About The United Church of Christ (UCC)...
Local churches are the foundational communities in the organization of the United Church of Christ. There are more than 5,000 such congregations, and while they share a common bond, they evolved from different traditions. Those traditions include:
- New England Congregationalists,
- German Evangelical and Reformed heritages,
- white American and African American Christian Churches, and
- ethnic churches organized by the American Missionary Association.
They all came together as the United Church of Christ in 1957. Intelligent dialogue and a strong independent streak sometimes cause the United Church of Christ (UCC) and its 1.2 million members to be called a "heady and exasperating mix." The UCC tends to be a mostly progressive denomination that unabashedly engages heart and mind.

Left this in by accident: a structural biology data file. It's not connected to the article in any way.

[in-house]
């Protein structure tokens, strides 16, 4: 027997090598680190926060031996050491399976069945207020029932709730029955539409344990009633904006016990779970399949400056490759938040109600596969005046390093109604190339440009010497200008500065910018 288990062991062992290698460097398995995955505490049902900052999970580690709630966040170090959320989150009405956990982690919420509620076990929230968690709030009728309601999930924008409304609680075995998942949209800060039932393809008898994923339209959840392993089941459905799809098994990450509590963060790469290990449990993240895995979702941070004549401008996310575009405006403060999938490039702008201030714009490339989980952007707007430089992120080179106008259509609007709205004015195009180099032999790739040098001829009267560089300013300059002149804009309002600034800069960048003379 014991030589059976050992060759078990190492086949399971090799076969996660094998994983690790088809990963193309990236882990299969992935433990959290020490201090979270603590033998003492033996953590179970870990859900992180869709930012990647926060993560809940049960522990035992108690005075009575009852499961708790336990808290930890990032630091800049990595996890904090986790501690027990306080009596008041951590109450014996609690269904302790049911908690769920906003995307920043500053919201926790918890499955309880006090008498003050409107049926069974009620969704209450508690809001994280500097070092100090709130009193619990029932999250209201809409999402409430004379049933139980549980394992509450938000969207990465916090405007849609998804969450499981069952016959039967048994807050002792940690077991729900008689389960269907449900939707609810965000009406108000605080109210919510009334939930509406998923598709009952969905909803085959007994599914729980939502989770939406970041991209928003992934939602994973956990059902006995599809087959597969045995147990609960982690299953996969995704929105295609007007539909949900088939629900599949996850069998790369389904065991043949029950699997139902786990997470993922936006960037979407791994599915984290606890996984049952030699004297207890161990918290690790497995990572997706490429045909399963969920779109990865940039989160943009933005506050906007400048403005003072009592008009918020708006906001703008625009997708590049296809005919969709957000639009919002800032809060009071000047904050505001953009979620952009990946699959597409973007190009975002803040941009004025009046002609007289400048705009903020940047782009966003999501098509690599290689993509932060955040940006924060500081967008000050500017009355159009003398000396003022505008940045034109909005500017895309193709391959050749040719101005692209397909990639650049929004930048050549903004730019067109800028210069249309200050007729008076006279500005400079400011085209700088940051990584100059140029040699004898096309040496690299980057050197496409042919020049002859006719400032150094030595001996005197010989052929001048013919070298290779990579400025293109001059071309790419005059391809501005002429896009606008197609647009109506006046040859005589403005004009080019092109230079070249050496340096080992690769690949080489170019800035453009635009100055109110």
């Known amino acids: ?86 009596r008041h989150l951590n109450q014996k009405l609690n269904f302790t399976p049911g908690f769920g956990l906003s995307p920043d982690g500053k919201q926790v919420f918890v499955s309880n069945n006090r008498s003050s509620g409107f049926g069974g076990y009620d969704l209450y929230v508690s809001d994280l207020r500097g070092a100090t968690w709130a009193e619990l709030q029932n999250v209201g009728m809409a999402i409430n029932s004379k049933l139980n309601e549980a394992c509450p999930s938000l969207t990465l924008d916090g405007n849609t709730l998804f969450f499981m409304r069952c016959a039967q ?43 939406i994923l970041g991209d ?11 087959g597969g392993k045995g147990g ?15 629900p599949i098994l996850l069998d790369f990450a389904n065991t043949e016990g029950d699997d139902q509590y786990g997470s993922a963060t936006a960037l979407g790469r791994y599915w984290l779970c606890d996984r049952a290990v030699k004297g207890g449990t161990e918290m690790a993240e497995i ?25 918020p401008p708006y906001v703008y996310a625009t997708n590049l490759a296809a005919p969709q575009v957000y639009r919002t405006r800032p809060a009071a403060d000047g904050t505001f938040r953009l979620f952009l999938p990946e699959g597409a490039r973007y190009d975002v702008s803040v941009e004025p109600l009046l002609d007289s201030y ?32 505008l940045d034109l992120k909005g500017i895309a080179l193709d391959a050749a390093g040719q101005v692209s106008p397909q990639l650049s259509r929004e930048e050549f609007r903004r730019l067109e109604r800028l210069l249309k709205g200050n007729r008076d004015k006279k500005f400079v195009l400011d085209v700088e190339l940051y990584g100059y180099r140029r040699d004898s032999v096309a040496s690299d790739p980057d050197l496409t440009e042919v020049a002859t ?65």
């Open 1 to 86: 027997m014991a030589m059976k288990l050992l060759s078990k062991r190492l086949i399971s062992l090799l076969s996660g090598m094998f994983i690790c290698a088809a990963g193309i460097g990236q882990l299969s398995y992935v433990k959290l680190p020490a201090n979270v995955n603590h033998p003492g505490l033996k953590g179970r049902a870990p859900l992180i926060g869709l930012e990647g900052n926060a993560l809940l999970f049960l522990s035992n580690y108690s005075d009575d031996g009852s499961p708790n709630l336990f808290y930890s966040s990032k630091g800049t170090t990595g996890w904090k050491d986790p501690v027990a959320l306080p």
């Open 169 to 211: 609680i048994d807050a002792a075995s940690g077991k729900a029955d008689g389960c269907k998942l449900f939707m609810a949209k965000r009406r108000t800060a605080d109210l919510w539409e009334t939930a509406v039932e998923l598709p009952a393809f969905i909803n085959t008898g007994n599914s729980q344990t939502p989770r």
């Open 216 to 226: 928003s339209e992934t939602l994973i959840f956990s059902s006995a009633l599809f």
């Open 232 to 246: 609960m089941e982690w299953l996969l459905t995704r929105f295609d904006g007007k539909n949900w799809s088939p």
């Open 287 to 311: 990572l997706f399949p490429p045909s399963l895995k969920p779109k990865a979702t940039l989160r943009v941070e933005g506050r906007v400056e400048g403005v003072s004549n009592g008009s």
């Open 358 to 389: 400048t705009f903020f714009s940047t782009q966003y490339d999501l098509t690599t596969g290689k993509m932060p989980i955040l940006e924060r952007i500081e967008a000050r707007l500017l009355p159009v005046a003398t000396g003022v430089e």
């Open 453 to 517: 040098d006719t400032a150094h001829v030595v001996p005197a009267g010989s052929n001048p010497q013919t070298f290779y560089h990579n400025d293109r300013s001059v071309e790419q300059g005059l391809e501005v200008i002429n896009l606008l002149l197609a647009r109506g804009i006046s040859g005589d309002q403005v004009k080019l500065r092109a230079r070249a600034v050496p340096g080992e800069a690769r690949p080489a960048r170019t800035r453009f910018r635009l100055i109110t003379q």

And yet, the UCC somehow manages to balance congregational autonomy with a strong commitment to unity among its many congregations - despite wide differences among many local congregations on a variety of issues.
Since 1957 other phrases have helped us articulate our distinctive vocation:
- A united and uniting church, seeking renewal through the vision of Christ's prayer "that they may all be one that the world might believe."
- A just peace church, committed to overcoming violence and oppression.
- A multi-racial, multi-cultural church, yearning for the day when our congregations more fully reflect the vision of Pentecost.
- An open and affirming church, where no one's baptismal identity can be denied because of his or her sexual identity.
- An accessible church, cherishing the gifts of all regardless of physical or mental abilities.
- The church of the still speaking God, a church that believes God has yet more light and truth to break forth from the Word.
For more information about the United Church of Christ: